Nurse Alice: What Women Need to Know About Their OB-GYN Appointments
Another lawsuit against a doctor accused of sexual misconduct? Does it ever end?
Six women and former college students at the University of Southern California have filed lawsuits against OB-GYN doctor George Tyndall, who has had numerous complaints of sexual misconduct over the years. Even the doctor’s staff complained about his behavior. What’s even more tragic is that the school was aware of the complaints and did nothing until he was finally removed from his 30-year tenure just last year.
In light of this and all the other sexually inappropriate things happening in society today, what’s a young woman to do?
For many young women away at college, going to your first gynecological appointment without the help or advice of your mother, grandmother, or some other female support person can be scary, awkward, and even overwhelming. Although a woman’s first OB-GYN visit is recommended to occur between the ages of 13 to 15 or when they first become sexually active, it doesn’t usually happen that way. Let’s face it, many young women go to a pediatrician throughout their late adolescence, and probably not even on a regular basis if they’re otherwise healthy.
Many times, a woman goes to her first gynecological appointment after she has concerns: e.g., heavy or irregular menstruation, concerns about sexually transmitted infections, exploring birth control options, or because they suspect pregnancy. Nevertheless, this is a very important first appointment that includes a general overall health exam and questioning about general health and lifestyle, and then one more focused on the health of your sexual and reproductive organs and system.
Empower yourself with knowing what to expect. Here are eight important things women should know when having their first gynecological appointment.
- Familiarize yourself with what to expect. The medical office and provider should instruct you on what to anticipate before you step one foot into the exam room. Examinations should be performed with only the necessary amount of physical contact required to obtain data for diagnosis and treatment. And an appropriate explanation should accompany all examination procedures.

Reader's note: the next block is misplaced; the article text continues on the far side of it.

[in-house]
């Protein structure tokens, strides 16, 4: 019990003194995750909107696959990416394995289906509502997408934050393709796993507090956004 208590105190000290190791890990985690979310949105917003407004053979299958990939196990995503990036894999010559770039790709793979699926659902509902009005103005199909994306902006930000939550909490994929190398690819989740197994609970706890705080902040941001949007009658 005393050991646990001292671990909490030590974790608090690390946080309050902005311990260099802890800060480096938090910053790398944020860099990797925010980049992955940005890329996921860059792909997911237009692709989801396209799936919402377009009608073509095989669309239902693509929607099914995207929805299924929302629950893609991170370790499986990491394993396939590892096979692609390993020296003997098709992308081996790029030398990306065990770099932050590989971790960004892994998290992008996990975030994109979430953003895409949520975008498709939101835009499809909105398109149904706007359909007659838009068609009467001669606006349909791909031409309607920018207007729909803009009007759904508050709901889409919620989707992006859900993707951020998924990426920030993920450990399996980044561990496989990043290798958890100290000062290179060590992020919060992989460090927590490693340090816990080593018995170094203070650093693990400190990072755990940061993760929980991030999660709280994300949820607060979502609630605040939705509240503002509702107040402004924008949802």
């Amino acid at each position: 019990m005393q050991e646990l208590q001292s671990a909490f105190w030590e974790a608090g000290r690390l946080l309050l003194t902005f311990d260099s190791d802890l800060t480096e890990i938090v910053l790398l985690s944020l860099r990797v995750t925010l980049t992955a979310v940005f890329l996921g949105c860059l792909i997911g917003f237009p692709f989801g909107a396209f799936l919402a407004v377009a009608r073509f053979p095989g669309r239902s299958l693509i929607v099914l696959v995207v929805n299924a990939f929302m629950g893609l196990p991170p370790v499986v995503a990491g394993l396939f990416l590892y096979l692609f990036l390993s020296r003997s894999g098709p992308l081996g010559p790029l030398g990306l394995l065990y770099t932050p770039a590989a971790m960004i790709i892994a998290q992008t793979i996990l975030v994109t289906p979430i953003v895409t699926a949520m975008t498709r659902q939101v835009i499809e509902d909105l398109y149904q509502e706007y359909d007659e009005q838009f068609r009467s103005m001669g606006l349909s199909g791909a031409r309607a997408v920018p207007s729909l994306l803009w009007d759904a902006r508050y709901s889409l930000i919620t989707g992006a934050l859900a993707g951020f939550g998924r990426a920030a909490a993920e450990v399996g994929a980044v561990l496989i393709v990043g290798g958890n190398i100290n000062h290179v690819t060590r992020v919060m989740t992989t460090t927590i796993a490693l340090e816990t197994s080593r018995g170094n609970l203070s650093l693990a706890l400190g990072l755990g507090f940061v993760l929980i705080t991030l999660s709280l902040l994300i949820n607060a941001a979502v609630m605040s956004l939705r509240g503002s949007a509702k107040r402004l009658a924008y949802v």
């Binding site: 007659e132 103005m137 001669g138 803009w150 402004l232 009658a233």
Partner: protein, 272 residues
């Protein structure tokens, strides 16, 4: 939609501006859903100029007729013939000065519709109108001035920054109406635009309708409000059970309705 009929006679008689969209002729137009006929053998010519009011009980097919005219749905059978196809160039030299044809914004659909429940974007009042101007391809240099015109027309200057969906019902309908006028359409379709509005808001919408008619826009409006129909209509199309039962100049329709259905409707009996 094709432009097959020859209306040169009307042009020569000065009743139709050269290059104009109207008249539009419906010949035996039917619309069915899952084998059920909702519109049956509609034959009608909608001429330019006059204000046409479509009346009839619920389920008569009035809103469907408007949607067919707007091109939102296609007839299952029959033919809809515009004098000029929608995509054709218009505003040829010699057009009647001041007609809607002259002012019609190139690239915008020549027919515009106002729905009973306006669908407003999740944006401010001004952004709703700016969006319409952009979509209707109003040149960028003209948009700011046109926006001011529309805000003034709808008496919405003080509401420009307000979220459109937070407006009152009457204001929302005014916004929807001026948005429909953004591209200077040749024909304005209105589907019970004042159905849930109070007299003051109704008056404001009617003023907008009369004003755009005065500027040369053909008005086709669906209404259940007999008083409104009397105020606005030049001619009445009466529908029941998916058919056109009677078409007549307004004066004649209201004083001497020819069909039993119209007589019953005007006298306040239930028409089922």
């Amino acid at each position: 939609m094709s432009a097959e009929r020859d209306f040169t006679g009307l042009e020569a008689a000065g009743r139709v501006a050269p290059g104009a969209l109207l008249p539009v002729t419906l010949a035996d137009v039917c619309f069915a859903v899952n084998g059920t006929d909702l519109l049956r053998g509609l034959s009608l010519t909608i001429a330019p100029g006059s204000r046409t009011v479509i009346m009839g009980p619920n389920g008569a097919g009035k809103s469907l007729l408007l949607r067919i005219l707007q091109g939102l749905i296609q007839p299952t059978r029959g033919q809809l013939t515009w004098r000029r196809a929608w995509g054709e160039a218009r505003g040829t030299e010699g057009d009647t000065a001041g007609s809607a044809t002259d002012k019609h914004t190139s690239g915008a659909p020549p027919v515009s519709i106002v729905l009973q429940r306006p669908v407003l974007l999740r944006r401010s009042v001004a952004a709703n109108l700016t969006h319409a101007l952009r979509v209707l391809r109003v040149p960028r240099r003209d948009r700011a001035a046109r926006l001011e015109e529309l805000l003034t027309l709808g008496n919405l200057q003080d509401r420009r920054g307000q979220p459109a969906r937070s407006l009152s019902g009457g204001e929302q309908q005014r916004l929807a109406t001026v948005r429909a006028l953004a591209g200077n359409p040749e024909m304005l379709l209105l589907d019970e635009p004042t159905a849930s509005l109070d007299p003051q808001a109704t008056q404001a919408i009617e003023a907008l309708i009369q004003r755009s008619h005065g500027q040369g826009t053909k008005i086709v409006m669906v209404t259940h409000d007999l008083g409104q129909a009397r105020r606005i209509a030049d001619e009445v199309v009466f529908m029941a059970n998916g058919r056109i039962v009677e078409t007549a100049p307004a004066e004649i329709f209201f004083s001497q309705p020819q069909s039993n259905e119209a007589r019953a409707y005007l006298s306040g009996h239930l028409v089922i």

- Having a female chaperone present is standard of care unless you decline the offer. But the key here is that you were offered one, regardless of the gender of the provider. You should be allowed to undress and put on a patient gown in privacy. Never dress or undress in front of your doctor.
- The doctor should be explaining and educating you throughout the exam so you know what’s happening and why before it happens. The physician-patient relationship can be damaged when this does not occur, and leaves room for misinterpretation of touching during the exam.
- Health professionals are expected to wash their hands and put on gloves when doing any invasive exams or procedures and that involve touching bodily fluids. A doctor should never be doing a pelvic or rectal exam on you without gloves.
- Both health providers and patients should avoid sexual innuendo and provocative remarks. Sexually offensive or suggestive language or jokes should be avoided. Keep things professional.
- If you feel uncomfortable at any time during the exam, you can stop the exam immediately and tell the doctor you don’t feel comfortable. This also allows the opportunity for the provider to clarify what’s happening should it truly be a misunderstanding.
- If you believe there was any misconduct or you feel violated, please notify the medical administrator immediately while the occurrence is still fresh in your mind. This helps you to retell an accurate story and intervene to prevent any potential further misconduct from happening to someone else.
- Physicians and medical administration aware of instances of sexual misconduct on the part of any health professional have an obligation to protect the safety of the public by removing said person from patient care immediately and reporting such situations to appropriate authorities, such as institutional committee chairs, department chairs, peer review organizations, supervisors, or the medical board. You can report this as well. And if you do, always do it in writing.
Watch Nurse Alice share tips on NBC: